C1.3 - The Multipole Resonance Probe: From Simulation to Prototype
- SENSOR+TEST Conferences 2011
2011-06-07 - 2011-06-09
- Proceedings SENSOR 2011
- C1 - Wireless Sensors I
- R. Storch, M. Lapke, J. Oberrath, C. Schulz, T. Styrnoll, P. Awakowicz, R. Brinkmann, T. Musch, T. Mussenbrock, I. Rolfes - Ruhr Universität Bochum (Germany), C. Zietz - Leibniz Universität Hannover, Garbsen (Germany)
- 376 - 380
Due to the dependencies of surface characteristics on the plasma parameters in coating processes it is obvious that supervising and controlling these parameters is inevitable. In this paper the development of a novel probe called “Multipole Resonance Probe” (MRP) is presented. The theoretical background to this concept relying on the well known plasma resonance spectroscopy is described in. This method enables the simultaneous determination of electron density ne, electron temperature Te and collision frequency ν by applying a fully symmetrical radio frequency signal into the plasma and measuring the absorption spectrum S(ω).
Verifying the analytical model is accomplished by 3D-electromagnetic field simulations. The complexity of the simulation model is increased step by step to separate different effects like perturbation by the feeding device that arises from basic conditions of realization. These simulation results are the basis for the layout of a multilayer printed circuit board. This PCB serves as a shielding device as well as a microstrip balun allowing an asymmetric feeding signal and thus making the driving circuit simpler. Two brass hemispheres are applied on the board acting as electrodes. To electrically separate them from the plasma the whole set up (PCB with hemispheres) is surrounded by a quartz-glass tube.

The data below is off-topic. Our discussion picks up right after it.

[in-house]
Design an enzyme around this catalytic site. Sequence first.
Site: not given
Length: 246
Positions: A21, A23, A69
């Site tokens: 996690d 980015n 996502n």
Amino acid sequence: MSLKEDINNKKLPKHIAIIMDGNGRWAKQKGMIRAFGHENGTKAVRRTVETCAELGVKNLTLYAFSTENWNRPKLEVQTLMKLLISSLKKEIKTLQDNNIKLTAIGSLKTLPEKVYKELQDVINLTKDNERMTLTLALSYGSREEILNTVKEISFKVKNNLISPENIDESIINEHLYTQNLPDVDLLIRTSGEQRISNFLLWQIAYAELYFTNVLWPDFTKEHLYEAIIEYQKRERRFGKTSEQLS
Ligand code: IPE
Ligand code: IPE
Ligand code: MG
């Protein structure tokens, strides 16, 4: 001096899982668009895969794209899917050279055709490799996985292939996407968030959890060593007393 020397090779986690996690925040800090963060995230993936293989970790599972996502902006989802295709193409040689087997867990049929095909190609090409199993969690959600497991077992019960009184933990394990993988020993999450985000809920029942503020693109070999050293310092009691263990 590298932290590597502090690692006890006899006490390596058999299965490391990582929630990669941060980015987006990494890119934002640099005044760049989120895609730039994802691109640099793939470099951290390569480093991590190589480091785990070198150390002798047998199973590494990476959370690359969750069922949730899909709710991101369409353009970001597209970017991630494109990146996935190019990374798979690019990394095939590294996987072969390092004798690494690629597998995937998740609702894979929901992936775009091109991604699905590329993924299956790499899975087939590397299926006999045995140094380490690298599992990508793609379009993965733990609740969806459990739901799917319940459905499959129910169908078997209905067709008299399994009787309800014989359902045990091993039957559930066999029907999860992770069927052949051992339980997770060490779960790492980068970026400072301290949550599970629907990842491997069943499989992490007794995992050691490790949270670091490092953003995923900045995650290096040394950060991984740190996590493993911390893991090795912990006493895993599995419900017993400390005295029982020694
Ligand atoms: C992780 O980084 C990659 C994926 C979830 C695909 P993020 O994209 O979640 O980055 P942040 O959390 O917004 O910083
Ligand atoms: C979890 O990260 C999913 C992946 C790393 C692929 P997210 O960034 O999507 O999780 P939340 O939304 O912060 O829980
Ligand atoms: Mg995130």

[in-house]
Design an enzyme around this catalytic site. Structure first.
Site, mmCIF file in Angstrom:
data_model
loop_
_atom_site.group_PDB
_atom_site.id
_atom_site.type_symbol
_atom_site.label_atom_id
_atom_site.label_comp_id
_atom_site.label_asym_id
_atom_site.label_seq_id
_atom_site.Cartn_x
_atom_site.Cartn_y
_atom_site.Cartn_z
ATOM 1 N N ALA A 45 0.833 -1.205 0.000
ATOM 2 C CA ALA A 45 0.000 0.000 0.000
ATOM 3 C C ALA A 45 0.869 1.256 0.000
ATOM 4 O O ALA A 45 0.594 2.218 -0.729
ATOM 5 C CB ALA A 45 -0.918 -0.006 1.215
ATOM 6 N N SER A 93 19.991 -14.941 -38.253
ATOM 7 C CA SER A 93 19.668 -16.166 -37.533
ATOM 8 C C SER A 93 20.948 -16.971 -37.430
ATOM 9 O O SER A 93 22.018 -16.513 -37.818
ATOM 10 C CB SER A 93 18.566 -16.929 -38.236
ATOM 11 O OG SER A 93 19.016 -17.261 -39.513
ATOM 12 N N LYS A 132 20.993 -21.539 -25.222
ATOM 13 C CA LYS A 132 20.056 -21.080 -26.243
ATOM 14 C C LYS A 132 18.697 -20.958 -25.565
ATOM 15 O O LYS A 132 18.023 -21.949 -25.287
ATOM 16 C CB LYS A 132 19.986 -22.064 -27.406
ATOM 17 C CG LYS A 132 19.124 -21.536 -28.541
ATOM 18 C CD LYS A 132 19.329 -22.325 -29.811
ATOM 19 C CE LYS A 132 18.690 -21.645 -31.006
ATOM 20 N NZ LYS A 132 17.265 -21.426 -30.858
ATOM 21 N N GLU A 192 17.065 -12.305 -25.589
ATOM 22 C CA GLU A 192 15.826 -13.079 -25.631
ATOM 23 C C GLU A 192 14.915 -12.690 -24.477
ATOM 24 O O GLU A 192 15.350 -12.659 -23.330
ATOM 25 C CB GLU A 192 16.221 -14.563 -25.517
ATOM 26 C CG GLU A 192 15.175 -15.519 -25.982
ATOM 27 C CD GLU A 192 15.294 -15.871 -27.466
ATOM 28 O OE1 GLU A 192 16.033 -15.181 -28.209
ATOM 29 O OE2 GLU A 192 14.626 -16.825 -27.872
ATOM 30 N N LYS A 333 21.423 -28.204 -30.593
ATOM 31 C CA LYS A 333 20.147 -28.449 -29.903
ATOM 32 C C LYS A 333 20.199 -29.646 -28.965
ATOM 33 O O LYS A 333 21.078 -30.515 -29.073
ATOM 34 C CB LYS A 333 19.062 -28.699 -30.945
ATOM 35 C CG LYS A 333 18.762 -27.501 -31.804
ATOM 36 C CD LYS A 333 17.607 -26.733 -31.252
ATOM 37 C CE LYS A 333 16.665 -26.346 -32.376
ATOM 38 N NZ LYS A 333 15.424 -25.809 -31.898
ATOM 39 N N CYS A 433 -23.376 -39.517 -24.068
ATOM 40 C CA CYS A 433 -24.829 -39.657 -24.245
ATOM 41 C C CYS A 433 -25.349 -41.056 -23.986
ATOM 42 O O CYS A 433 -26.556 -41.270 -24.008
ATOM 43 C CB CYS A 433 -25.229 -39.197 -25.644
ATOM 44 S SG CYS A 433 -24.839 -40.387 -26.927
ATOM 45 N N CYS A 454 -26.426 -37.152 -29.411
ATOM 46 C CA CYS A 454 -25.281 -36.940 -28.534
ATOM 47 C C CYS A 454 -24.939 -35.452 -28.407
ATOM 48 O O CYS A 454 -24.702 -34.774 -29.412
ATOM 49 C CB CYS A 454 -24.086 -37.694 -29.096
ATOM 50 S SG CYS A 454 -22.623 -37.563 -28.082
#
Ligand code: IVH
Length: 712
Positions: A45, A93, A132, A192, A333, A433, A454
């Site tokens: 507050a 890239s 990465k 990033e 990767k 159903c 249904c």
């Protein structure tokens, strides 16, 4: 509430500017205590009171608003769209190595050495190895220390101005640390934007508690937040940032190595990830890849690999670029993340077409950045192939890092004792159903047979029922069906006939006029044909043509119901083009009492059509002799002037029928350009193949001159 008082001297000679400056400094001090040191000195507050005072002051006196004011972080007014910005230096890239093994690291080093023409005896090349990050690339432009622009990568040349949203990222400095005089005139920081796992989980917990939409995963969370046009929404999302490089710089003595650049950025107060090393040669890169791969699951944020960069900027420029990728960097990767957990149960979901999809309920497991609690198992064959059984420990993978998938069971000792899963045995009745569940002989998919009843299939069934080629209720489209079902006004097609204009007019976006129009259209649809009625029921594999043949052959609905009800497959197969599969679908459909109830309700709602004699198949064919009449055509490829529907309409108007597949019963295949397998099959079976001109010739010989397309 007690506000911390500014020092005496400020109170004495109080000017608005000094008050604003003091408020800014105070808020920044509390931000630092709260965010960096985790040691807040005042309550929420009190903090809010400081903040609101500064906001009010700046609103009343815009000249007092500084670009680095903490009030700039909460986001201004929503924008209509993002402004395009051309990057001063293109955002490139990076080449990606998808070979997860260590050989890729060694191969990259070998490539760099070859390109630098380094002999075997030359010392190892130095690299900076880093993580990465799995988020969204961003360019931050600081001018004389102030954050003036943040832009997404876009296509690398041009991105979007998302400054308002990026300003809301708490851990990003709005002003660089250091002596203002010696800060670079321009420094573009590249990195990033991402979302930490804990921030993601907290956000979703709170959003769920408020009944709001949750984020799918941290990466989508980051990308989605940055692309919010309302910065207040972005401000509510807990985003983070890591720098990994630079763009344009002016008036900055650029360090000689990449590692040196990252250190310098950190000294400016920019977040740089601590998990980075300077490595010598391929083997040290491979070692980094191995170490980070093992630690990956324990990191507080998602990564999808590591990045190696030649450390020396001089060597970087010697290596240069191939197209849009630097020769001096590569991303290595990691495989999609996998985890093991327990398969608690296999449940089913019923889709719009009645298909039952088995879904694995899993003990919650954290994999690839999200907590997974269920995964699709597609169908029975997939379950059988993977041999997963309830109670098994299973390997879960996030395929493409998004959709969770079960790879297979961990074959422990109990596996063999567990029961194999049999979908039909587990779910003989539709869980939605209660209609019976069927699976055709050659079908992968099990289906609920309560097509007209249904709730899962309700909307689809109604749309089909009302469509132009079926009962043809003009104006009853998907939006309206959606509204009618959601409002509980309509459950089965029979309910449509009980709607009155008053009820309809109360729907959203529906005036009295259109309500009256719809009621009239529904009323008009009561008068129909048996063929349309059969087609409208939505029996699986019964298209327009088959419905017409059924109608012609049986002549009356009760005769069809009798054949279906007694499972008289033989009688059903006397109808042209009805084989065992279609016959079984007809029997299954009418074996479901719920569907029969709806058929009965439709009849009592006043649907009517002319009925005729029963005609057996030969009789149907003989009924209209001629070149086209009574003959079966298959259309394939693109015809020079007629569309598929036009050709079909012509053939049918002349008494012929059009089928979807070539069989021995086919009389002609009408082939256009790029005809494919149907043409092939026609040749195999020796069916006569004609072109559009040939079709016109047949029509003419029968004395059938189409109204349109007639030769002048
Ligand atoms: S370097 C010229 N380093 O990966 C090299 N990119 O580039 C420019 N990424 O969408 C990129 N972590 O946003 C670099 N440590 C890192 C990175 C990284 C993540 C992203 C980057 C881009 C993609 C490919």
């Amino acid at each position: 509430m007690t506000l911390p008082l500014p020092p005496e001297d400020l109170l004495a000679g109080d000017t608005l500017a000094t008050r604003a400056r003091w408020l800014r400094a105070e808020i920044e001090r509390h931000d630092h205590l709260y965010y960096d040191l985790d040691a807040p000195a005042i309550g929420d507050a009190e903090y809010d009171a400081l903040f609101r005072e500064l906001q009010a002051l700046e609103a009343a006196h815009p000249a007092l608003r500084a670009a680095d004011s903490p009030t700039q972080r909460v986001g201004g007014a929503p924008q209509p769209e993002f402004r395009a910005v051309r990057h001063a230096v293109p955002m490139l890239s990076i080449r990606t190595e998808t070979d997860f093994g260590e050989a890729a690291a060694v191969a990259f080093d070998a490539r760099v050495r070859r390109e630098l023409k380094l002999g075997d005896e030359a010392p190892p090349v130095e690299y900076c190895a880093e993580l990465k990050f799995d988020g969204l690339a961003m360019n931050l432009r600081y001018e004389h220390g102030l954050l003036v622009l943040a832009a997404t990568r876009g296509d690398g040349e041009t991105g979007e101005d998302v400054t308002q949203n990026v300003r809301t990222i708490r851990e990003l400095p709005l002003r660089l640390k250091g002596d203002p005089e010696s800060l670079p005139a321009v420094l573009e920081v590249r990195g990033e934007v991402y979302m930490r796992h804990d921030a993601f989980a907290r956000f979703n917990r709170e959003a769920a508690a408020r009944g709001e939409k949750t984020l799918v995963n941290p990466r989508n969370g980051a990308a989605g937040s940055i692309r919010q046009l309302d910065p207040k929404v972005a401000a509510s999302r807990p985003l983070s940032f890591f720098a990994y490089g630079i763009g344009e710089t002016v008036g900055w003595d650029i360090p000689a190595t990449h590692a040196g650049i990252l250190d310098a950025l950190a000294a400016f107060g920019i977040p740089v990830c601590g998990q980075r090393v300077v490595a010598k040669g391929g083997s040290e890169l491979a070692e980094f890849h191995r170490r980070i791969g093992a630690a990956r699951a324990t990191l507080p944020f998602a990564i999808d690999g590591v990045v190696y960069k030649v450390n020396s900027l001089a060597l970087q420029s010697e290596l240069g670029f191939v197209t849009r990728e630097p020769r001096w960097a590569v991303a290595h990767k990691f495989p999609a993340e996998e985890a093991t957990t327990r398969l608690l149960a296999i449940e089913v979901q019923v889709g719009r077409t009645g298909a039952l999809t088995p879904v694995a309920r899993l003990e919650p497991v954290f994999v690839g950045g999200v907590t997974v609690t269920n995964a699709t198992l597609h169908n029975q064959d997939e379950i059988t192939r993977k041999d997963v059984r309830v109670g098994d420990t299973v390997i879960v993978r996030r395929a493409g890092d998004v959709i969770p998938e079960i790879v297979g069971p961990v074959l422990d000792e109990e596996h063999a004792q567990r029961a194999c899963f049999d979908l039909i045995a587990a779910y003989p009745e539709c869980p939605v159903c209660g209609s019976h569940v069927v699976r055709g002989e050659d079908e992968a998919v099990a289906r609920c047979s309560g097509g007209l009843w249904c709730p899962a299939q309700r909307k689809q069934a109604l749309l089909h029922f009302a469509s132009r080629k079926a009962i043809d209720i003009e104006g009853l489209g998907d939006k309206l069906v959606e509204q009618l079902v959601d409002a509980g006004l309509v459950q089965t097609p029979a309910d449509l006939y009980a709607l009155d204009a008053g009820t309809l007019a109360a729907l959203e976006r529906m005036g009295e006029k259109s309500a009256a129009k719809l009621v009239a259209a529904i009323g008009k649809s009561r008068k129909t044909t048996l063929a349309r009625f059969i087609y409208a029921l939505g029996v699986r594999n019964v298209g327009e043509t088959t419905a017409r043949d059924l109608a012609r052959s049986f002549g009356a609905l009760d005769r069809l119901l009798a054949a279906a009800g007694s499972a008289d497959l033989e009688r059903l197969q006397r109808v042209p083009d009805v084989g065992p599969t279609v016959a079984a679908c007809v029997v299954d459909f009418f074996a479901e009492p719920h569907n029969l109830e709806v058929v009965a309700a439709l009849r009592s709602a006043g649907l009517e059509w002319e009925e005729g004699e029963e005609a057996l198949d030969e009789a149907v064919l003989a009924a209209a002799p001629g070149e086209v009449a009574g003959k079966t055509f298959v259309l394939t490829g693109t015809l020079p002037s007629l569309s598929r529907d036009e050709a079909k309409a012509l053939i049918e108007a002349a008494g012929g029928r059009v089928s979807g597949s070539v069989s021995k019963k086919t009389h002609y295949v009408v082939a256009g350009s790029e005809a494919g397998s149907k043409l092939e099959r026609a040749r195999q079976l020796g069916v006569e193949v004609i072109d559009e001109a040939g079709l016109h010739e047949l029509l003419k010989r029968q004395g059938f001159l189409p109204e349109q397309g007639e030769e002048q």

First measurements with this prototype are made and show very good compliance to analytical model and electromagnetic field simulations. The generation of the required radio frequency signal for feeding the probe as well as measuring the S11 parameter is done by a vector network analyzer. For industrial purpose a novel electronic system for signal generation and S11 measuring is needed. Therefore a symmetrical pulse generator with pulse widths of less than 100 ps has been developed. This pulse generator together with a sampling mixer form a subsampling unit that is driven by an ultra low phase noise timebase developed at the Ruhr University earlier. The unit for evaluating S11 as well as an improved version of the timebase is subject of current investigations.